During Women’s Health Month, it is important to discuss the connection between mental health and hormones. Mental health can be thought of as a spectrum involving mood and the ability to cope. Women are more likely to experience mental health conditions like anxiety and depression as compared to men, and the type of birth control you take might be a contributing factor.
Anxiety is an extremely common mental health disorder. According to CDC and NIH sponsored research, 31% of all US adults will experience anxiety at some point in their lives. Anxiety is more common for women, affecting 24.3% of women compared to 14.3% of men.
Symptoms of Anxiety
Anxiety symptoms range from mild to severe in terms of their effect on daily life, effect on health, and difficulty to treat. Symptoms include:
- Difficulty Concentrating
- Muscle Tension
- Sleep Disturbances
Although slightly less common, depression greatly impacts mental health. According to CDC and NIH sponsored research, 8% of all US adults will experience depression at some point in their lives. Depression is more common for women, affecting 10.4% of women compared to 5.5% of men.
Symptoms of Depression
Depression symptoms range from mild to severe in terms of their effect on daily life, effect on health, and difficulty to treat. The symptoms include:
- Lasting sadness
- Low Energy
- Problems Making Decisions
- Loss of Appetite
- Thoughts of Self-harm
- Aches and Pains
Women experience anxiety and depression more frequently than men. Anxiety and depression in women are linked to both learned coping methods (i.e., internalizing feelings vs. externalizing feelings) as well as hormones and phases of hormone change. The loss of estrogen increases symptoms of anxiety and depression typically during the week before a period, after delivery/postpartum, and during perimenopause and menopause.
The birth control pill uses synthetic estrogen and progesterone to stop the ovary from cycling. Birth control is beneficial for family planning, improving bleeding during periods, decreasing pelvic pain, and improving mood fluctuations. For some women, however, synthetic hormones (especially progesterone) can increase symptoms of depression and anxiety. Low-dose birth control pills can also lower the total body level of estrogen, leading to symptoms of depression, low libido, dryness, and hot flashes. Many women feel better off the pill, and there are alternatives, such as the IUD, which does not give off hormones into the blood.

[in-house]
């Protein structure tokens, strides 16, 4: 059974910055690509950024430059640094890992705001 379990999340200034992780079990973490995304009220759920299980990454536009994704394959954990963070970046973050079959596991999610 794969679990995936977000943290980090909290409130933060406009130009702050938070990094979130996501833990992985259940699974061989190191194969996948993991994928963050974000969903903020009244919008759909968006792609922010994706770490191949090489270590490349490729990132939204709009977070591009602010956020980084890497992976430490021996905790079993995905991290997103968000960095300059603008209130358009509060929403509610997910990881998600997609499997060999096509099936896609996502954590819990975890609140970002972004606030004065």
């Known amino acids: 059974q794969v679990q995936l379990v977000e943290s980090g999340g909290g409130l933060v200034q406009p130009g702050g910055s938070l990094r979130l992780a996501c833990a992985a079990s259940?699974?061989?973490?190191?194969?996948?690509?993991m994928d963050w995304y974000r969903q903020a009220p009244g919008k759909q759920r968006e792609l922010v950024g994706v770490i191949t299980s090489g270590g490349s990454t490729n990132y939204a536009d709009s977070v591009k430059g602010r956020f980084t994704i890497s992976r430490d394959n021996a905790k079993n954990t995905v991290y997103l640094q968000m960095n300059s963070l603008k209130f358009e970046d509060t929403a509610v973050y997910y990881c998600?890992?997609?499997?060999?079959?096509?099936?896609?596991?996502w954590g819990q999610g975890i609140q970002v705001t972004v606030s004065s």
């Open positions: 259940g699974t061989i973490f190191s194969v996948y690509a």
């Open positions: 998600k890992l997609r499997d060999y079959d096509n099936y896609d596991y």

Jane* was 28 and had been experiencing worsening depression symptoms since she was put on a birth control pill. She had increased anxiety after graduating from school, moving away from her family, and starting a new job. Jane was also stressed about her brother, who was dealing with serious health concerns. Additionally, she had a history of PMDD, a serious form of PMS that causes extreme mood changes. Jane could tell that she was getting worse but wasn’t sure of the best way to cope with her symptoms.
During her appointment, we talked about her SEEDS® – she was doing quite well with food and exercise but could not fall asleep. After discussing a variety of treatment options, Jane chose an IUD for birth control and stopped taking the pill. With the IUD, her ovaries were able to produce natural estrogen again, and within two weeks, she noticed that her symptoms had greatly improved.
Health Tip of the Week
Know that symptoms of anxiety and depression are common and, if untreated, can lead to loss of success in relationships, work, and quality of life. You are not alone, and you do not have to suffer in silence! If you are having symptoms of anxiety or depression, do not feel ashamed to ask for help. Talk to your OB/GYN or other HCP about what treatment options are available. If you think others are better off without you, know this is a temporary feeling and, most importantly, that it is NOT true. If you have thoughts of self-harm, call 988 and get immediate help from mental health professionals with the Lifeline network.
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